The three main regions that we recommend within the Kalahari span over an area of 900,000 square kilometers. This expansive wilderness has a number of key attractions.
The remote and rugged Central Kalahari Game Reserve lies in the heart of Botswana, and is the second largest protected desert in the world. The terrain here consists mostly of flat, open grasslands and dunes interspersed with fossilized river valleys and salt pans. The wildlife of this region is made up largely of hardy species of antelope, like springbok, eland and gemsbok, as well as a good population of predators. The Central Kalahari is also the home of the Bushmen and San people.
The Kgalakgadi Transfrontier Park was formed by the merging of the Kalahari Gemsbok National Park in South Africa and the Gemsbok National Park in Botswana to form a expansive 3.6 million hectare wildlife reserve. A large portion of this park lies within the Kalahari Desert, with the terrain typically featuring red sandy dunes and sparse vegetation. Wildlife that you’re likely to spot on your Kalahari safari include the black-maned Kalahari lion, leopards, cheetah, spotted hyena, wild dog, black-backed jackal, gemsbok, blue wildebeest, eland, springbok, red hartebeest, duiker and steenbok. Some 215 bird species have also been recorded. The area is also of great archaeological significance and has yielded many remnants from the Stone Age.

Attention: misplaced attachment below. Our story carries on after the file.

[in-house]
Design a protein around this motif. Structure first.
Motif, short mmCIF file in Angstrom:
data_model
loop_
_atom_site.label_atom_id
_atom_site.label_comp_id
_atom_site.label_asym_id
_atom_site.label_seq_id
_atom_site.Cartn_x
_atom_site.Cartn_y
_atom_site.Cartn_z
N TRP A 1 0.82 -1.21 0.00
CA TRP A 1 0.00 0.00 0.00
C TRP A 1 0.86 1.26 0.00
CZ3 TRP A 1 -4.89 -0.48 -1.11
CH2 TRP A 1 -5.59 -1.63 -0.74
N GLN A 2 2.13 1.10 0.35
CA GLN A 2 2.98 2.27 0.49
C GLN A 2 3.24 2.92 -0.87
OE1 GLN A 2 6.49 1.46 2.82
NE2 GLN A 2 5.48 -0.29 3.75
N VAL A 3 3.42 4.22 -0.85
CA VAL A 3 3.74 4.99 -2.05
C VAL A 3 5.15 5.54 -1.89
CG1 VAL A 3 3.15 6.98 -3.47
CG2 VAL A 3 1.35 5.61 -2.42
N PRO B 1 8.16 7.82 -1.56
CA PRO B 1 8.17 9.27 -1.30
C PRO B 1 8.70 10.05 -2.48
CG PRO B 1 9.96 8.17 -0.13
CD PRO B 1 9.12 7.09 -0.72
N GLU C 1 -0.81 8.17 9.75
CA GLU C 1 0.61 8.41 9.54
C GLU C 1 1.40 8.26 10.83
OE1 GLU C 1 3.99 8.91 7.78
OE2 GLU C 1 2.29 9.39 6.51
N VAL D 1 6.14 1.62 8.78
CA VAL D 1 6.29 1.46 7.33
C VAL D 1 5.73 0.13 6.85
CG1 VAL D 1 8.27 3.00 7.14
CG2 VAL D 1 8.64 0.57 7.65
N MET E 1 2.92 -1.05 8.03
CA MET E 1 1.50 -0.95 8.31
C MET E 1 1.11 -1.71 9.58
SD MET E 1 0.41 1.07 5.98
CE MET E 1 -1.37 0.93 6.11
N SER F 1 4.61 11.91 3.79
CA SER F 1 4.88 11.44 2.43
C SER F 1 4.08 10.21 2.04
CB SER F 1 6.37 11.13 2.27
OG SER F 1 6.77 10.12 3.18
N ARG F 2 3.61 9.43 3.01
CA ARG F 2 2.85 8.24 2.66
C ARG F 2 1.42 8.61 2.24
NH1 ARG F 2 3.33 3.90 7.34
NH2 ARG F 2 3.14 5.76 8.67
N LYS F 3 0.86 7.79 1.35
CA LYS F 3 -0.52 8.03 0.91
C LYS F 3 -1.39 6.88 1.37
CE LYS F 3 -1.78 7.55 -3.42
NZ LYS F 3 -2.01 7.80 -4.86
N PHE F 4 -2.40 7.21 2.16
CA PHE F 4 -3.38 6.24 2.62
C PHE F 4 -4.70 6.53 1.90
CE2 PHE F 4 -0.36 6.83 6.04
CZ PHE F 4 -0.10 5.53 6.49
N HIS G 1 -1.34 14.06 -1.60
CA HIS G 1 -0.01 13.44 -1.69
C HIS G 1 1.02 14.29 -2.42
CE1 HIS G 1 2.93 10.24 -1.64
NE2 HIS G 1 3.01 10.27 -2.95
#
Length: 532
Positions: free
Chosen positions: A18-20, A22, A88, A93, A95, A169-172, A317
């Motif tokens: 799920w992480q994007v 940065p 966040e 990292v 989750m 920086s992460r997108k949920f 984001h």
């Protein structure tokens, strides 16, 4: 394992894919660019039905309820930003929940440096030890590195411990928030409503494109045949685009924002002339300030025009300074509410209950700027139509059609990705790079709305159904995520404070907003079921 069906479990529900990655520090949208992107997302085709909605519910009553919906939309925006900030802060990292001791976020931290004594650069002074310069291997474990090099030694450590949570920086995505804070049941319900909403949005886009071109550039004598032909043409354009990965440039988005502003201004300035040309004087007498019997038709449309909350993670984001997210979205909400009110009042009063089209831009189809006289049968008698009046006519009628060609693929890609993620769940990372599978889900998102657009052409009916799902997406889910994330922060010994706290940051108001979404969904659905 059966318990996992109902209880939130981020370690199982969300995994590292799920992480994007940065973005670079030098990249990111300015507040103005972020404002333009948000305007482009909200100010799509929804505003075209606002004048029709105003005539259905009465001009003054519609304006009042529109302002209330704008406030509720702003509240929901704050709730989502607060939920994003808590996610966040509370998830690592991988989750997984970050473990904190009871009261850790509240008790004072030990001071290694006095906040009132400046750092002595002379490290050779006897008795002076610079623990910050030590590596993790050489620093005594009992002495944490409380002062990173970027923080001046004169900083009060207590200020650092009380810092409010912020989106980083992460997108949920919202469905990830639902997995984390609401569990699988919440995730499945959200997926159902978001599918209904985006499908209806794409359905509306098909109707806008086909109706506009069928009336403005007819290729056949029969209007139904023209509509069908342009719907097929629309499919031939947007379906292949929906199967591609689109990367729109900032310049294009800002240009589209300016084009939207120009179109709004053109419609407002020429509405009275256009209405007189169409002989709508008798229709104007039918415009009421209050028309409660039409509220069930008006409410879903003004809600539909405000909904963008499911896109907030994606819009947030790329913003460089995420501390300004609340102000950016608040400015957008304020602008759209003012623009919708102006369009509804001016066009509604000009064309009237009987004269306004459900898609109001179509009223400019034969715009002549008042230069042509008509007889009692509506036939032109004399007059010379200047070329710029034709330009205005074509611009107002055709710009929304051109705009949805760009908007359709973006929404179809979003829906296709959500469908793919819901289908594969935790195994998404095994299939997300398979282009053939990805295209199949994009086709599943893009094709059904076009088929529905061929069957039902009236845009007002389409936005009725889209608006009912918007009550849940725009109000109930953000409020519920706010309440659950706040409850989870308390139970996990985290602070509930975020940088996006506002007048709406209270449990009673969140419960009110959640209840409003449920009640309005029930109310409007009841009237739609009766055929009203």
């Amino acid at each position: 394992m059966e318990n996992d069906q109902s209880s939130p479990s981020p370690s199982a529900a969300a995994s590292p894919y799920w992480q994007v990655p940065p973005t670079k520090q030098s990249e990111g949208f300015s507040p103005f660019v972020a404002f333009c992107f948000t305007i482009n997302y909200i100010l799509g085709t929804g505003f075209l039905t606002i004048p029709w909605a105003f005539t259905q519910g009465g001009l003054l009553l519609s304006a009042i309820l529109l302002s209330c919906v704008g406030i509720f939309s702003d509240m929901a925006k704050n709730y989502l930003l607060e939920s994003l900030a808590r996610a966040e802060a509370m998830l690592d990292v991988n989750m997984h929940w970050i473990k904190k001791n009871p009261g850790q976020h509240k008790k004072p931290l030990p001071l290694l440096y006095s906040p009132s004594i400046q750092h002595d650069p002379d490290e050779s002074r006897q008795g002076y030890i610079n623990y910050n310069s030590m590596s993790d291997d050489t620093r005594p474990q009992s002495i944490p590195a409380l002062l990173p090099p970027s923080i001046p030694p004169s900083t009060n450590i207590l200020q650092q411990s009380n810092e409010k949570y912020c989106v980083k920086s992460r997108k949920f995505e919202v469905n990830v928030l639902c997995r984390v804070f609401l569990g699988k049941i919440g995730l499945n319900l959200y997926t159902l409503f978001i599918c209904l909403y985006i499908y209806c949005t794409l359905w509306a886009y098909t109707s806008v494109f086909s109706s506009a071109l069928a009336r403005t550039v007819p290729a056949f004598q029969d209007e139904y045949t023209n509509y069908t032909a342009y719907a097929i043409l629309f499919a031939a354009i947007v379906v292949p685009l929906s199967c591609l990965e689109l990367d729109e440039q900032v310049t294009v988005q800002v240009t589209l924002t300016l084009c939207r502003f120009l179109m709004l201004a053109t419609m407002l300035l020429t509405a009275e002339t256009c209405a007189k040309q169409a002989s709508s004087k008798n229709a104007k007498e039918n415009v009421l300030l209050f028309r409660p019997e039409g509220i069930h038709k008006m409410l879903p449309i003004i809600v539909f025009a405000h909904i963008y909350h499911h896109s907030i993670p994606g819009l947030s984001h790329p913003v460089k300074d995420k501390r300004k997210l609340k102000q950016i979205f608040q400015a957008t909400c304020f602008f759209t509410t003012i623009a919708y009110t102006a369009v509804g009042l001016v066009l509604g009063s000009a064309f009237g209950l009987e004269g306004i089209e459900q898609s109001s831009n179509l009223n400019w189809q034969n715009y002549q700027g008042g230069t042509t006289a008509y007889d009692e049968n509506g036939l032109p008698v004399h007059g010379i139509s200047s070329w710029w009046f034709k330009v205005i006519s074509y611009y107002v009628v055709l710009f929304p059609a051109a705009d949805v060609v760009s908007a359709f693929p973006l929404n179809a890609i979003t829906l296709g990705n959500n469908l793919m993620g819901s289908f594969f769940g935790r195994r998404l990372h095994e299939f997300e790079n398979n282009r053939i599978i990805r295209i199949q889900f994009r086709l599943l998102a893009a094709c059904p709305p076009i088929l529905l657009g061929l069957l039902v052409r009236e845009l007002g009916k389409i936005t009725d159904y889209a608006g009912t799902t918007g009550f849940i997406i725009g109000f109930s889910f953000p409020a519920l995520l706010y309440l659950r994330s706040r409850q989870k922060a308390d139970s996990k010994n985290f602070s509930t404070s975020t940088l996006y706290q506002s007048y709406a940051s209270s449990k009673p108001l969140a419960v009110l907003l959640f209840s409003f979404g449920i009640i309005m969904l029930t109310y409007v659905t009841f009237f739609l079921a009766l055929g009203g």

The Green Kalahari in South Africa is situated in the hot and arid Northern Cape. The conservation efforts undertaken by the Oppenheimer family to protect a 110,000 hectare tract of land, by purchasing it from local farmers and rehabilitating the landscape and wildlife to its former self are commendable. Tswalu Kalahari Reserve is situated within the Green Kalahari, and offers convenient flight access from both Johannesburg and Cape Town, together with a rewarding and immersive safari experience.